Review: 'Fahrenheit' a powerful, fiery film
At times heavy-handed, at times off-putting, but well done
By Paul Clinton
(CNN) -- Filmmaker Michael Moore tends to make his points with a sledgehammer, and his anti-Bush administration documentary "Fahrenheit 9/11" is no exception. But this time around he uses more delicate instruments as well, and what emerges is a powerful film.
Documentarians always have their own points of view, but Moore takes his positions and then guards them with pitbull-like intensity (though with humor as well). That tendency was plain in such past efforts as "Roger and Me" and the Academy Award-winning "Bowling For Columbine." "Fahrenheit 9/11" takes his burning passion to new heights; the heat is downright tangible.
But the question isn't whether "Fahrenheit 9/11" is a fair and balanced look at its subject matter. Of course it isn't. Rather, is it good filmmaking?
The answer is yes.
Moore states his premise and then proceeds to build his case quite effectively. The title is a play on "Fahrenheit 451," the temperature at which paper burns, and a Ray Bradbury novel about a future totalitarian state in which reading and independent thought are banned. Moore's contention is that the present administration in Washington is jamming its policies down the throats of Americans -- and the world -- with little to no regard for the truth; or, at the very least, no room for an open discussion as to the validity of those policies.
Moore is going for the jugular in this one-man cinematic crusade. However, he does show remarkable -- and I feel wise -- restraint when it comes to the actual events of September 11, 2001. Rather than featuring grisly images of the World Trade Center collapsing, he lets the screen go dark, relying on sound to convey the horror of the event.
But when it comes to Bush himself, the gloves are off and the fists are clenched.
Perhaps the most damaging footage shows Bush on September 11, sitting in a Florida classroom for a full seven minutes after he had been told that the second tower had been struck, and that it was clear the horrific events in New York were a terrorist attack, not a tragic accident. Moore lets this moment go on and on: The president of the United States, stone-faced in front of dozens of schoolchildren, doing absolutely nothing, as our nation comes under attack.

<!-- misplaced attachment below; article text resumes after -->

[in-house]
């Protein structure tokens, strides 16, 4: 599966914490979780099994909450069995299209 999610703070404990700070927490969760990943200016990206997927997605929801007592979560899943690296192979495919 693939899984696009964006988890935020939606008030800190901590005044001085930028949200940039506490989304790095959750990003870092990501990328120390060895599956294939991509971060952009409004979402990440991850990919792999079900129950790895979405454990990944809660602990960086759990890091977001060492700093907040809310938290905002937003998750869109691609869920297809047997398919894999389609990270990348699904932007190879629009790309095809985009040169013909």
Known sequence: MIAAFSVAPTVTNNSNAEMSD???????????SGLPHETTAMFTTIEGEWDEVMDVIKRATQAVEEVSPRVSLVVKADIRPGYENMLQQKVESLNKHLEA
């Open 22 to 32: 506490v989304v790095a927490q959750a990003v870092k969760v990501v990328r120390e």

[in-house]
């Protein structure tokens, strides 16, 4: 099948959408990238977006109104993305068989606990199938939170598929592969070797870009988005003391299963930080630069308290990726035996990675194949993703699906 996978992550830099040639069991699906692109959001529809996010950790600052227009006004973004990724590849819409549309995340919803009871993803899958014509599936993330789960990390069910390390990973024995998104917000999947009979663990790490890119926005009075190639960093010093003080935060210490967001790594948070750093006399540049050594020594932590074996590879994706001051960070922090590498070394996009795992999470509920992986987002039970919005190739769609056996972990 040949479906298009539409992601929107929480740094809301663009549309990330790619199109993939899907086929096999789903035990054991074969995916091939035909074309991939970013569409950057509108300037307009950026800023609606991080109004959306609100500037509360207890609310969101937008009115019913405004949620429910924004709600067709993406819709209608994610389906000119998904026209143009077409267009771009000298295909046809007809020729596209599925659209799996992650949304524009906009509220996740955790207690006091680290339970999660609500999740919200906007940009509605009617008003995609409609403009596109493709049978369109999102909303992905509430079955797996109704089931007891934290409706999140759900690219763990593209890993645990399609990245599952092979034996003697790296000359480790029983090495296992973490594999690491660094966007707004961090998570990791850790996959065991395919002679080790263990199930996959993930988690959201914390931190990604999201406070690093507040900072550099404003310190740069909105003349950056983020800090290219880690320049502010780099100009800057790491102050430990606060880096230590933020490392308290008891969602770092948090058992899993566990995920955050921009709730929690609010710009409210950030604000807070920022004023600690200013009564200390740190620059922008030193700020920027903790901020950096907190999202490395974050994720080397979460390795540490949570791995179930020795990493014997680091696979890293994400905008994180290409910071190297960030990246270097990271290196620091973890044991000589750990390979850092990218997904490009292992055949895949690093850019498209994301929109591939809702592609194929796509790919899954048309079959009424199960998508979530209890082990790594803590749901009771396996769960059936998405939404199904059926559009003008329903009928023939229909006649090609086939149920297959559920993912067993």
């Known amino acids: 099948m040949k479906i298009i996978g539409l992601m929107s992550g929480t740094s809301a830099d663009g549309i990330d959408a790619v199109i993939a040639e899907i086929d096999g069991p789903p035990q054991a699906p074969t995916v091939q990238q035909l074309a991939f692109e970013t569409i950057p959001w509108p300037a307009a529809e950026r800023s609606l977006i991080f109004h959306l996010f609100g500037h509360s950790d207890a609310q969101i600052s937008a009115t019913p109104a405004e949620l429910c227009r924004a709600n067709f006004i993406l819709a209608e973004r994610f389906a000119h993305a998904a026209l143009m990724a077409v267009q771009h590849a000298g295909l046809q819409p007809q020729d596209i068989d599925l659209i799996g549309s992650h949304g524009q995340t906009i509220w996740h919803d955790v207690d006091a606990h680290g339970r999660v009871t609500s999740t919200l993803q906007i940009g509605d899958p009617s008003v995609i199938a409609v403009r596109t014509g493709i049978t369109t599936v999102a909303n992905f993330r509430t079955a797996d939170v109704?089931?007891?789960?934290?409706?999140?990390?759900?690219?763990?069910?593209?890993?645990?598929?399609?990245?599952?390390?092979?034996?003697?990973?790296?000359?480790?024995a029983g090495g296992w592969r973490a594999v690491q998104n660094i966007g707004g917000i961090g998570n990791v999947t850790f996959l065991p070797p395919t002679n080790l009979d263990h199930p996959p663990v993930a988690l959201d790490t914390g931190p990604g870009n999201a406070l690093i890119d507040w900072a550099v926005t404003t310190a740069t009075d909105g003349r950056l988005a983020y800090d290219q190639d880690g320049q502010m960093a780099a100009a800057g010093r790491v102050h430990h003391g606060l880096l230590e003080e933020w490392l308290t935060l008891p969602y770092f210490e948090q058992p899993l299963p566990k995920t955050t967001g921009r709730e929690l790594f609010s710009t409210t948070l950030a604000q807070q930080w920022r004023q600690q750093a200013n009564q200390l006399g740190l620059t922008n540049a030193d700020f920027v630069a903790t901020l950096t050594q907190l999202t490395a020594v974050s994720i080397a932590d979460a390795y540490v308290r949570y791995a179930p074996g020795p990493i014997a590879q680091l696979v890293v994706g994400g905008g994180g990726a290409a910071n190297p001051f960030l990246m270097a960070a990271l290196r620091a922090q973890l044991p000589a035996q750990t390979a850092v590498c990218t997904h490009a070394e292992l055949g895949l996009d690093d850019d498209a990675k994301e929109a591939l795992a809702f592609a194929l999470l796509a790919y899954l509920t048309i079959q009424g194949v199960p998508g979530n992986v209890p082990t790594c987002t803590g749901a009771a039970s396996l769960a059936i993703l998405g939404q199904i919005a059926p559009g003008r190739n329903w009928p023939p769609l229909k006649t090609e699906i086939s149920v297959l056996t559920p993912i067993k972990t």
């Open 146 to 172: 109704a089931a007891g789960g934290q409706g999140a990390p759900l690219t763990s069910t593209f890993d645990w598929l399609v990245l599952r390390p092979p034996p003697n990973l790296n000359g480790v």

Though Moore is the narrator of "Fahrenheit" and appears in the movie, much of the film consists of news footage featuring the president. At times, it can be argued, some of these scenes appear out of context.
In one scene, Bush addresses supporters at a white-tie fundraiser: "This is an impressive crowd -- the haves ... and the have-mores. Some people call you the elite; I call you my base." In another moment, Bush is in the middle of a golf game when he gives an obviously impromptu news conference. "I call upon all nations to do everything they can to stop these terrorist killers," he says. "Now watch this drive." He then proceeds to step back and hit the golf ball.
On September 11, President Bush reads "My Pet Goat" to a group of Florida schoolchildren.
But the film finds stunning power in the story of Lila Lipscomb, a resident of Moore's hometown of Flint, Michigan. Her son is fighting in Iraq; when she is first interviewed, she's a staunch defender of the war and Bush's policies.
But then her son is killed. After his death, she goes through a poignant and deep metamorphosis and becomes staunchly anti-Bush and anti-war.
Whether "Fahrenheit 9/11" will have an impact beyond its cinematic achievement, only time will tell. But that doesn't diminish the film. It's an accomplished documentary with an extremely powerful message.
"Fahrenheit 9/11" opens nationwide on Friday, June 25.